August 2022 Newsletter
August 2022 Issue
How to Choose the Perfect Guardian for Your Minor Children
It’s not something anyone wants to think about. The unexpected happens to you and your spouse, leaving your children behind. As unpleasant of a scenario as it is to imagine, it’s important to name a guardian who will raise your minor children according to your wishes.
But how do you choose the proper guardian? Last month we talked about how to plan a secure future for your children. But when you have minor children, how do you know who to pick to help your children in your absence?
Here are several factors you need to consider when making your selection.
Their Ability and Willingness to Serve as a Guardian
First, consider whether or not the potential guardian is willing to step in for you in the first place. The last thing you want to do is name a guardian before speaking at length with that person so they understand what this responsibility will entail.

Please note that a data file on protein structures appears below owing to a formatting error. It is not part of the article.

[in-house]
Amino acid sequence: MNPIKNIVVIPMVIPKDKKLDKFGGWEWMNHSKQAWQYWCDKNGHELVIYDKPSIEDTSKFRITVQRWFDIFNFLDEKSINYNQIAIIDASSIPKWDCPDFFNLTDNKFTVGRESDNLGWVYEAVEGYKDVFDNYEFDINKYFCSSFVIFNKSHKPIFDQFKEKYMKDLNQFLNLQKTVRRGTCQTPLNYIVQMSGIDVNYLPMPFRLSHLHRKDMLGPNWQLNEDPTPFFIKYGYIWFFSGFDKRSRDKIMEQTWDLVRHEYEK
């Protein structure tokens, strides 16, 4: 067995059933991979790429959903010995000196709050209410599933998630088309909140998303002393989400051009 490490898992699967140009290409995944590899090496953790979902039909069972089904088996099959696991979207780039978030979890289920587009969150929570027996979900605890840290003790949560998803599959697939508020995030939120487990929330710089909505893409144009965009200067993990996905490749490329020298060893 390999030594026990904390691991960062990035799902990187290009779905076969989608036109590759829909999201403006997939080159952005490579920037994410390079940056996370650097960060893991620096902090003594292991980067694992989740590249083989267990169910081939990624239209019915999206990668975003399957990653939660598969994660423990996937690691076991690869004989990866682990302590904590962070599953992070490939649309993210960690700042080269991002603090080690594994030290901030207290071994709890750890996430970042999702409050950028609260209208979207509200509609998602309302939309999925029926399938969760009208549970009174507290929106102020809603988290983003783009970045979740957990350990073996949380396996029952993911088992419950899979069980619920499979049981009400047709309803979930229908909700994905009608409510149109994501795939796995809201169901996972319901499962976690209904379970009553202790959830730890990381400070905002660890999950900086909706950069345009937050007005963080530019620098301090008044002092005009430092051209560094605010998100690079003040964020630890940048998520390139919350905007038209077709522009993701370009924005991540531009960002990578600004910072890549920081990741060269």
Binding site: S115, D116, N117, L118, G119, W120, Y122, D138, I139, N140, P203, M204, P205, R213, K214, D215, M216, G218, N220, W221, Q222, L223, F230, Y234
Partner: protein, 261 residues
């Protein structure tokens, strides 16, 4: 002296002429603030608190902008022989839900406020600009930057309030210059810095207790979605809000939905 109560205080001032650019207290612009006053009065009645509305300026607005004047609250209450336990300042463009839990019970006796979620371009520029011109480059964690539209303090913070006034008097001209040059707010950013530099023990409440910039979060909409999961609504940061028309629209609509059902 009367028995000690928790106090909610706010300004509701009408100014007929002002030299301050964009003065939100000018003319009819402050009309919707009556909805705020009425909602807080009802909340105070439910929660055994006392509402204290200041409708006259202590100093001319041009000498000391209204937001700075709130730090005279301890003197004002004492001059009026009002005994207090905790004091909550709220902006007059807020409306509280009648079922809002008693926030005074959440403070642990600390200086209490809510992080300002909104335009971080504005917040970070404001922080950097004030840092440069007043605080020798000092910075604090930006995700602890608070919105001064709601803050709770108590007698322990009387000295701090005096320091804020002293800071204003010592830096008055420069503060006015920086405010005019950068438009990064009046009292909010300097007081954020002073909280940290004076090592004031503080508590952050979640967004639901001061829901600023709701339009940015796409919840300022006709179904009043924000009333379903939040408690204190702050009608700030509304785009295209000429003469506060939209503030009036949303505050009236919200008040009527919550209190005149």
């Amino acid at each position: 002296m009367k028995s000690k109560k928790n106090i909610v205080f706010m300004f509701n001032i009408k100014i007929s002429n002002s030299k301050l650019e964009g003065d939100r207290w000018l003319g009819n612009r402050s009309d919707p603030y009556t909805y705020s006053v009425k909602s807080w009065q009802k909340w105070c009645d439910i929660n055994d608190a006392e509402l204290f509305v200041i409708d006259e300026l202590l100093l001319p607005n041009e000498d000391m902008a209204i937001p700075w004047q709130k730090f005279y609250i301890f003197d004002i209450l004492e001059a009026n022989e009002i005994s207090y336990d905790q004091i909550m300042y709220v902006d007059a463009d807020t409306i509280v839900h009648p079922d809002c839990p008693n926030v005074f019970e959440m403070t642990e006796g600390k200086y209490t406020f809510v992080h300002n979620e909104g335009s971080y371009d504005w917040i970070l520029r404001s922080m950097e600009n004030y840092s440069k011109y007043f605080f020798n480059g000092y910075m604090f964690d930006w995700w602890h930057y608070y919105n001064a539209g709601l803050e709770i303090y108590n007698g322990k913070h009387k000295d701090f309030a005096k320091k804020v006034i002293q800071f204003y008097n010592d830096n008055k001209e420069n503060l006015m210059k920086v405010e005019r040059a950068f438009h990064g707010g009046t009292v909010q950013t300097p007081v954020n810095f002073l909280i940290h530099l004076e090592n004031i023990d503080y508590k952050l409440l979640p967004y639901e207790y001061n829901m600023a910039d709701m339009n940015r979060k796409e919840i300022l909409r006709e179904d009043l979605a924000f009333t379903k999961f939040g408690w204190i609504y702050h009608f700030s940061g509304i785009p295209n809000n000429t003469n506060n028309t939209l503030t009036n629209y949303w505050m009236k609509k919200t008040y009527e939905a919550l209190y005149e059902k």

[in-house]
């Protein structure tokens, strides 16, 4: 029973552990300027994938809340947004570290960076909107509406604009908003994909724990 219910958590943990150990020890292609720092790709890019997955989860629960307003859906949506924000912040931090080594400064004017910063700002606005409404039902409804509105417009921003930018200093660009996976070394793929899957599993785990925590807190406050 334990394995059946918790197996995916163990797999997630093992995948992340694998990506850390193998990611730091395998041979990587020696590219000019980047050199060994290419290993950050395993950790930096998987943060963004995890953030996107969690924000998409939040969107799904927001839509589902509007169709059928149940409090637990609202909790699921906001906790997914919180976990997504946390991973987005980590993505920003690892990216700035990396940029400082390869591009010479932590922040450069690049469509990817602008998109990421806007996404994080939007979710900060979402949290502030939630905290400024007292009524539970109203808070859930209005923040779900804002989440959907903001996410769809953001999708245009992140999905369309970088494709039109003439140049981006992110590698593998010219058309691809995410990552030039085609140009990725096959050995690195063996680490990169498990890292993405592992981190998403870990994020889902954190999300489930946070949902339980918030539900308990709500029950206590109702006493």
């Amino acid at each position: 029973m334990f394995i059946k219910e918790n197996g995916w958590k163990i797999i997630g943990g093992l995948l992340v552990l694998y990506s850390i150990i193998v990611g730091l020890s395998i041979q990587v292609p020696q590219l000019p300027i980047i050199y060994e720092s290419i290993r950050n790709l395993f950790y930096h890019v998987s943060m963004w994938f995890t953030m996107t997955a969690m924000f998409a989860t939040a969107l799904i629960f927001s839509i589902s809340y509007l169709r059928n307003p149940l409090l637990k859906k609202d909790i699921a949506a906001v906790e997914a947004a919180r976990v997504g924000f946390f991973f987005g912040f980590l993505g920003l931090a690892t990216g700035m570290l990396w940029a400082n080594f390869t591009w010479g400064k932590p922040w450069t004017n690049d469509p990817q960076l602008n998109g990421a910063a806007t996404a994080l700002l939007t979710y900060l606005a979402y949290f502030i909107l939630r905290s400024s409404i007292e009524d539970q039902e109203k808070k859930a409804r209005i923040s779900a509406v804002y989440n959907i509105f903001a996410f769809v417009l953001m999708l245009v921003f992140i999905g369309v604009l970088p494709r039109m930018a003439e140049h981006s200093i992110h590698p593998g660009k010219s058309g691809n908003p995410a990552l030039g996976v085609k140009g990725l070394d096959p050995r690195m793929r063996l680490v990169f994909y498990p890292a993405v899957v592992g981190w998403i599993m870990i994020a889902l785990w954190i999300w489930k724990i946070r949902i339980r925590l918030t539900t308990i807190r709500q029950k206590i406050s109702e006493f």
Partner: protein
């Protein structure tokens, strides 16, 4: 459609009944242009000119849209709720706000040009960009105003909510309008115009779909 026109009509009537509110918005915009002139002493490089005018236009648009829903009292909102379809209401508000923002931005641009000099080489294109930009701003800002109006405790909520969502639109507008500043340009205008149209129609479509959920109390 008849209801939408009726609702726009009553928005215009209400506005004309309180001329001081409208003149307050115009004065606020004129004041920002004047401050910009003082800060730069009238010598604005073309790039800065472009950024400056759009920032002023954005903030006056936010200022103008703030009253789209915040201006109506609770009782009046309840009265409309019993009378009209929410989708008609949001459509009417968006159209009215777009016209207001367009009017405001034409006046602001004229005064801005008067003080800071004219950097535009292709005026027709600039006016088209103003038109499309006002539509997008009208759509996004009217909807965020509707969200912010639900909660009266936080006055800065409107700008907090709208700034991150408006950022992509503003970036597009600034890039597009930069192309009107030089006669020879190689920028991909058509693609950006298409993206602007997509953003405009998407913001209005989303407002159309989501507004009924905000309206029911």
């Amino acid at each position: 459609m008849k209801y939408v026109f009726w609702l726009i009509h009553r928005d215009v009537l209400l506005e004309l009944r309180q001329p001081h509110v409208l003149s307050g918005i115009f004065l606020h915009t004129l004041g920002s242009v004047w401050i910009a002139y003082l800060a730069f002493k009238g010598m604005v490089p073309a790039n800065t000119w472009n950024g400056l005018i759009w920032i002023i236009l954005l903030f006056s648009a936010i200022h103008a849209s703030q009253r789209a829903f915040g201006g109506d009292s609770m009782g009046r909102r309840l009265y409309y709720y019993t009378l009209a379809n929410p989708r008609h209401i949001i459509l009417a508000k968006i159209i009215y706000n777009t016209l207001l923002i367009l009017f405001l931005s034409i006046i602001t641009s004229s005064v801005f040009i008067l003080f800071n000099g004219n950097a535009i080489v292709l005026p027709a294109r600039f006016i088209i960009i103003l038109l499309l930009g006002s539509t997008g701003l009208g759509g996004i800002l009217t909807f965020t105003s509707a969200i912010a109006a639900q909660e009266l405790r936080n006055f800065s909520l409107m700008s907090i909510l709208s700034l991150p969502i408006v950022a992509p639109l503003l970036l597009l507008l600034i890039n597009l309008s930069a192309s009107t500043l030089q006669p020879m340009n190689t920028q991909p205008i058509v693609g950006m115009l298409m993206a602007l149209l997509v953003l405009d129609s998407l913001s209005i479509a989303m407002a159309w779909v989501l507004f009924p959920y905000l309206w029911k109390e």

Then it’s important to consider the prospective guardian’s existing lifestyle and obligations. Will they be able to meet the physical and economic demands of raising your children? Are they currently employed? Do they have a secure living arrangement?
Ideally, your prospective guardian will share your child-rearing philosophy, values, views on education, religious beliefs, and other fundamental principles. If you are unsure or know they hold different beliefs than your own, it’s important to clearly communicate your expectations and gauge their response.
Where They’re Located
You should also consider the location of the potential guardian relative to where you and your children currently live. If the prospect lives in another state, and is unable or unwilling to relocate for your children, you need to consider the impact that moving would have on your children, particularly an older child. What are the schooling options in their location? What is their neighborhood or town like? What extracurricular or hobby opportunities would be available to your children?
Their Existing Family
If your prospective guardian has children of their own, it’s important to find out whether or not they are willing to take on your children too. Additionally, reflect on whether you think your guardian would be able to give your children enough attention in a busy household and if your children would get along with the prospective guardian’s children.
The Age of Your Children